Belgian Association of Gaming Operators draws up Duty of Care

Belgian gambling operators say the sector has been demonised.
Belgian gambling operators say the sector has been demonised.

BAGO members have committed to a series of measures.

Belgium. The six members of the Belgian Association of Gaming Operators (BAGO) have committed to a self-imposed Duty of Care. It imposes a series of measures intended to help identify and prevent problem gambling.

The Duty of Care has been signed by all six members of the association: Ardent Group, Betfirst, Golden Palace, Kindred, Napoléon Sports & Casinos and Starcasino. These are the biggest gambling operators in Belgium, together accounting for 70 per cent of the regulated market. Other private operators who are not members have been invited to sign the agreement.

The document lists four pillars: A uniform algorithmic detection system for markers of harm, recommendations to players, including information on harmful gambling, self-exclusion, voluntary deposit limits and reality checks, education and training programmes for staff and the sharing of the plan with the national gambling regulator.

BAGO chairman Tom de Clercq said: “Our focus is on creating an environment in which players can participate in gambling in a responsible and safe manner. The duty of care is a useful addition to other existing protective measures. Today, more and more legal operators are using algorithms and artificial intelligence to identify emerging problematic gaming behaviour at an early stage.”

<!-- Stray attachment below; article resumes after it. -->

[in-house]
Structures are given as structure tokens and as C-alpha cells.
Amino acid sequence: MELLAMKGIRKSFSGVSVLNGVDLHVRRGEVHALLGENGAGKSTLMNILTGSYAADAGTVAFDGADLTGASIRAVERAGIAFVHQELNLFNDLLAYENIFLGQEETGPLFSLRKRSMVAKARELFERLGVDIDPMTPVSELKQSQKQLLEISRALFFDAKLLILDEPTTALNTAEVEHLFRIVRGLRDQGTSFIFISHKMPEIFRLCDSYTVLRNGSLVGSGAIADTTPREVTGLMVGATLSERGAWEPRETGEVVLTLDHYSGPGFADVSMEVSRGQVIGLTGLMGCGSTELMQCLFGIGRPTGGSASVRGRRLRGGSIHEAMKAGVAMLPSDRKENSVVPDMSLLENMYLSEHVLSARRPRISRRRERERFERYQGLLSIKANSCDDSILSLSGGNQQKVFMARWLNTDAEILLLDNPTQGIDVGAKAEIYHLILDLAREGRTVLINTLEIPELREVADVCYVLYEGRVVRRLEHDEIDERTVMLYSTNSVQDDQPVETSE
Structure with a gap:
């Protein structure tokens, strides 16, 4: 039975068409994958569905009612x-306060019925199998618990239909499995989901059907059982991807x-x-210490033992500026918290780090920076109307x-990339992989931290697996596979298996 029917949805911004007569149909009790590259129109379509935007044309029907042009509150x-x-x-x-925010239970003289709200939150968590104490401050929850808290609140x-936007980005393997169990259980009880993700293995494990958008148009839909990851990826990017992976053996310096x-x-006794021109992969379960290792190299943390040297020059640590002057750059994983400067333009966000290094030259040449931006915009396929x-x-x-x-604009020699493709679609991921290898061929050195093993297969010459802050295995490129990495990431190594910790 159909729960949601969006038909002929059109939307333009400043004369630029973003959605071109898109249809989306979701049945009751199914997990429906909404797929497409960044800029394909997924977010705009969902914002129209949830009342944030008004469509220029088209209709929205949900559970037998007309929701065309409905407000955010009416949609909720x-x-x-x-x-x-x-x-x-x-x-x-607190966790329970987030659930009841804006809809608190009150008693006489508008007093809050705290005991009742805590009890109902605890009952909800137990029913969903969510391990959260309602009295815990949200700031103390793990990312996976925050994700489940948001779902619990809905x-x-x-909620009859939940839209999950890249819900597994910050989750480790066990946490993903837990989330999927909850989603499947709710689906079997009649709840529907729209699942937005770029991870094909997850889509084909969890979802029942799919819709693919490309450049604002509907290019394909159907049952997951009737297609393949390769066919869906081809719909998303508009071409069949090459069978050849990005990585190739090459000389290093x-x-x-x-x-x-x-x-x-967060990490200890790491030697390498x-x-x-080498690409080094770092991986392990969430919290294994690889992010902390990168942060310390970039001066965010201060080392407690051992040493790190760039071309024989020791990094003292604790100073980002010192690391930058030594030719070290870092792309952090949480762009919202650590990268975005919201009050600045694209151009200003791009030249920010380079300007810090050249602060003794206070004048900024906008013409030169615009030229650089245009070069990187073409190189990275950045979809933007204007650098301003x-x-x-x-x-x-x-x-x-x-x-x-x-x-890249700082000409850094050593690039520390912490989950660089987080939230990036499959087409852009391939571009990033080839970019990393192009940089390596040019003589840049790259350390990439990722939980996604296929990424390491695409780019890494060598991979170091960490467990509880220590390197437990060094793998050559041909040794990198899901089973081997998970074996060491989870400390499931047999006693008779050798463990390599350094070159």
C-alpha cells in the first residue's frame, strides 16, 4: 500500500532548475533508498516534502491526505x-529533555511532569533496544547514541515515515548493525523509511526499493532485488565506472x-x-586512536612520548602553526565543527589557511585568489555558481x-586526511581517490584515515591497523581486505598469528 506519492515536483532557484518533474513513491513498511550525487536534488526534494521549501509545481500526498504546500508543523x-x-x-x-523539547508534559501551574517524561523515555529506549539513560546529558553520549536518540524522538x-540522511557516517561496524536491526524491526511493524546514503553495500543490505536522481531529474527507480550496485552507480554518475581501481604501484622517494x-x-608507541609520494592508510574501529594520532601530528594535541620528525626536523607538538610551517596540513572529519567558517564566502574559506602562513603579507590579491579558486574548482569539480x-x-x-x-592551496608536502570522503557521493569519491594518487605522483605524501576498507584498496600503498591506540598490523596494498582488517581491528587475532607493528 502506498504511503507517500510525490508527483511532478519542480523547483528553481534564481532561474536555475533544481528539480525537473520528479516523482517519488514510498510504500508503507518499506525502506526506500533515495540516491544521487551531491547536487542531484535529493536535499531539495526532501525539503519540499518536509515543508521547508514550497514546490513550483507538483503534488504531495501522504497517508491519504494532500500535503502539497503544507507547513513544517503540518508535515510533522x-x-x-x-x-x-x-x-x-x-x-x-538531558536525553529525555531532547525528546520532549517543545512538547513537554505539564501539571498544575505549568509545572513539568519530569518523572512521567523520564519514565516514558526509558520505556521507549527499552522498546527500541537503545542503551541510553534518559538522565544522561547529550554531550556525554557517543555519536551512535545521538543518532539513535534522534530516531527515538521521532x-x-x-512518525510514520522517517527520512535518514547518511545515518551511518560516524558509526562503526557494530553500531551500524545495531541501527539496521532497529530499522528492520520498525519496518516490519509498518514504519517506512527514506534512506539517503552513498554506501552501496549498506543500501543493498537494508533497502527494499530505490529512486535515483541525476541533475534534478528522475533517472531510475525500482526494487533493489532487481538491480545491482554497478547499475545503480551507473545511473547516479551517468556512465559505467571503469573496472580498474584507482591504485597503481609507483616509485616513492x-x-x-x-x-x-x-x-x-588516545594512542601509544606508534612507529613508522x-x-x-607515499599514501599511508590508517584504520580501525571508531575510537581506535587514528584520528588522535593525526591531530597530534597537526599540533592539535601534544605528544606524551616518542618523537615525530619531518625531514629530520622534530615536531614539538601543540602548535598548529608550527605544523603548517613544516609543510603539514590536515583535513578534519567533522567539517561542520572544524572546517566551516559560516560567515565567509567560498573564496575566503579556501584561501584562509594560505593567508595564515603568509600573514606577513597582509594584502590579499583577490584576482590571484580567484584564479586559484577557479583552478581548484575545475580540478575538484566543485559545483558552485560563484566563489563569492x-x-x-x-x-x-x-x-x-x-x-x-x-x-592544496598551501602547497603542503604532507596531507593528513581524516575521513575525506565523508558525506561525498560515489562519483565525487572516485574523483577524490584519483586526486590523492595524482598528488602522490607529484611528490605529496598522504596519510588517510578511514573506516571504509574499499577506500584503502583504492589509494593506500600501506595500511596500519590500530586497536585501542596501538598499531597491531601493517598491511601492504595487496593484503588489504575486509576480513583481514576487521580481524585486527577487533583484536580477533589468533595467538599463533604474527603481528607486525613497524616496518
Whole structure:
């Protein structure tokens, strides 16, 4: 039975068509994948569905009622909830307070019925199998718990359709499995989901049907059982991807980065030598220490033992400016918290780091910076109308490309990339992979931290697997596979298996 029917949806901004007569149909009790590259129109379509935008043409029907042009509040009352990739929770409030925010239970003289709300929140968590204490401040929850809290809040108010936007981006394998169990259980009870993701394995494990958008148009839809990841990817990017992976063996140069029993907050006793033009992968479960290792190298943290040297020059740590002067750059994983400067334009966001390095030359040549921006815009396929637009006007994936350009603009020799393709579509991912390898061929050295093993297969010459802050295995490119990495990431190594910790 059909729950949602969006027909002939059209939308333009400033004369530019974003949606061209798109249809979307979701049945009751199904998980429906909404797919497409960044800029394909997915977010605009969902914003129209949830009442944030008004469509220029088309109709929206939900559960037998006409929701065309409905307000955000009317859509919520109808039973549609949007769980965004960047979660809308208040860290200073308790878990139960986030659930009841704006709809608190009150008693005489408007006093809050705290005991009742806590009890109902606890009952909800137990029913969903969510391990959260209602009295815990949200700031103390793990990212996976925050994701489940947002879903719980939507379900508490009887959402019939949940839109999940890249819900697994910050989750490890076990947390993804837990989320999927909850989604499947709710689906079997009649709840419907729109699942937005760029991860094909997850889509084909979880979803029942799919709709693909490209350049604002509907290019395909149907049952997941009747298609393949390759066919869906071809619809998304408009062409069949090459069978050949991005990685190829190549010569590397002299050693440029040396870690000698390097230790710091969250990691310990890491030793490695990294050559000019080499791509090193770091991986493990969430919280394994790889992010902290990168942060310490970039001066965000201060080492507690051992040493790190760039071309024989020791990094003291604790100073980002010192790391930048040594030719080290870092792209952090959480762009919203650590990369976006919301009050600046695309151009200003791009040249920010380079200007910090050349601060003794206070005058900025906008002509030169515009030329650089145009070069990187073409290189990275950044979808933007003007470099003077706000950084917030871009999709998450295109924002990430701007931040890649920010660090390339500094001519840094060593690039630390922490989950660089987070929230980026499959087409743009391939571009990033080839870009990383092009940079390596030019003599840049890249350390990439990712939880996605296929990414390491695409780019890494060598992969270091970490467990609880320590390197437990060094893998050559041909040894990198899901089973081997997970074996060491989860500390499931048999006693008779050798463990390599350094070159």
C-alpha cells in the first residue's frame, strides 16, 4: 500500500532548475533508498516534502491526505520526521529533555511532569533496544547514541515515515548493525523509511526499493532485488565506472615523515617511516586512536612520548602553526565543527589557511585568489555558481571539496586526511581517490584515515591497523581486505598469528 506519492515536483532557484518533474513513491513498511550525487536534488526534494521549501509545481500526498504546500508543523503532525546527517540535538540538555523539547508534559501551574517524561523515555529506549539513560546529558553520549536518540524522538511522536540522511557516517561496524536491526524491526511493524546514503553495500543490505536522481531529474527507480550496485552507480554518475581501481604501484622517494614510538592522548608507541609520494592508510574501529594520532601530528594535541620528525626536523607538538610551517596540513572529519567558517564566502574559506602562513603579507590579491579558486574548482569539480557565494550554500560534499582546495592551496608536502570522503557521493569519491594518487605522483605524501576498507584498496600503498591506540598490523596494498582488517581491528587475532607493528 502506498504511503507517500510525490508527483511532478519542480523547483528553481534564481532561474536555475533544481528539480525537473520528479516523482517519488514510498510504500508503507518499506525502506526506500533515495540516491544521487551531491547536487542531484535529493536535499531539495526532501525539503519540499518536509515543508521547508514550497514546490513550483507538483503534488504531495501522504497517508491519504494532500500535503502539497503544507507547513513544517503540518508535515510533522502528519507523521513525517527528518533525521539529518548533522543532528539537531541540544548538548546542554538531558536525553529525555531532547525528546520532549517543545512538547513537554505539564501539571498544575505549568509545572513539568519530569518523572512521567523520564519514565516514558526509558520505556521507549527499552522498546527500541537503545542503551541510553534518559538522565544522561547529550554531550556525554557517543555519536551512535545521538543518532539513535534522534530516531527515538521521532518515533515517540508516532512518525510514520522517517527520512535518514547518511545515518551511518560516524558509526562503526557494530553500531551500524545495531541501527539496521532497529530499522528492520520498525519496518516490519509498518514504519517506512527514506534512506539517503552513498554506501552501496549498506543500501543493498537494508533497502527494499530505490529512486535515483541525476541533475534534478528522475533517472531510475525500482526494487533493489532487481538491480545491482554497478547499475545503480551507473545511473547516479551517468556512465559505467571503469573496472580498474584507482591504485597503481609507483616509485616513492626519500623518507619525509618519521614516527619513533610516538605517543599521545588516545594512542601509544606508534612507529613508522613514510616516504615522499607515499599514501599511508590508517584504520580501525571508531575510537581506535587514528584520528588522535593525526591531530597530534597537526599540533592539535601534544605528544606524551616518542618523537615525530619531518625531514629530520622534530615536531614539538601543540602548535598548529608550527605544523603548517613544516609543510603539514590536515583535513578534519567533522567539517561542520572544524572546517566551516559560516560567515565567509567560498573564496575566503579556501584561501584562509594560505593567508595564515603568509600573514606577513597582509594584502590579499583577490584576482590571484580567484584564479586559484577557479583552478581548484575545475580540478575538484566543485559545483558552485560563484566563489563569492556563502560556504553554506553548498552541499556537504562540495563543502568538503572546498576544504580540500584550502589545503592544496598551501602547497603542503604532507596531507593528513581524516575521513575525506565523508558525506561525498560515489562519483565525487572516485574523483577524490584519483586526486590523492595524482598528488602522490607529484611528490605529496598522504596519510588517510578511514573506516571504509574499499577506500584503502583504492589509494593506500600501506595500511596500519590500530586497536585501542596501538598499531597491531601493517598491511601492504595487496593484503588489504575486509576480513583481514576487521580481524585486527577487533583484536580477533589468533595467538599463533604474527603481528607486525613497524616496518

Operators took the step due to the “demonisation” of gambling by the govenment.

Emmanuel Mewissen, CEO of Ardent and vice-president of BAGO, told L’Echo: “Erroneous figures are thrown out into the public. The reality is that the sector is worth €2bn and not €20bn as some have claimed. We’ve seen words like ‘tsunami’, ‘wild west’ used to discredit the sector. All this has created distrust against us.”

Last month, Belgium’s Federal Council of Ministers approved new restrictions for land-based gambling in the country. All slot machines in retail, leisure and hospitality venues in Brussels, Wallonia and Flanders will require mandatory electronic ID verification.

The council approved the restriction via fast-track after finding existing rules to be insufficient for retail and leisure venues. The Belgian Gambling Commission will draw up a timeline and technical guidance for how the e-ID checks are to be implemented.

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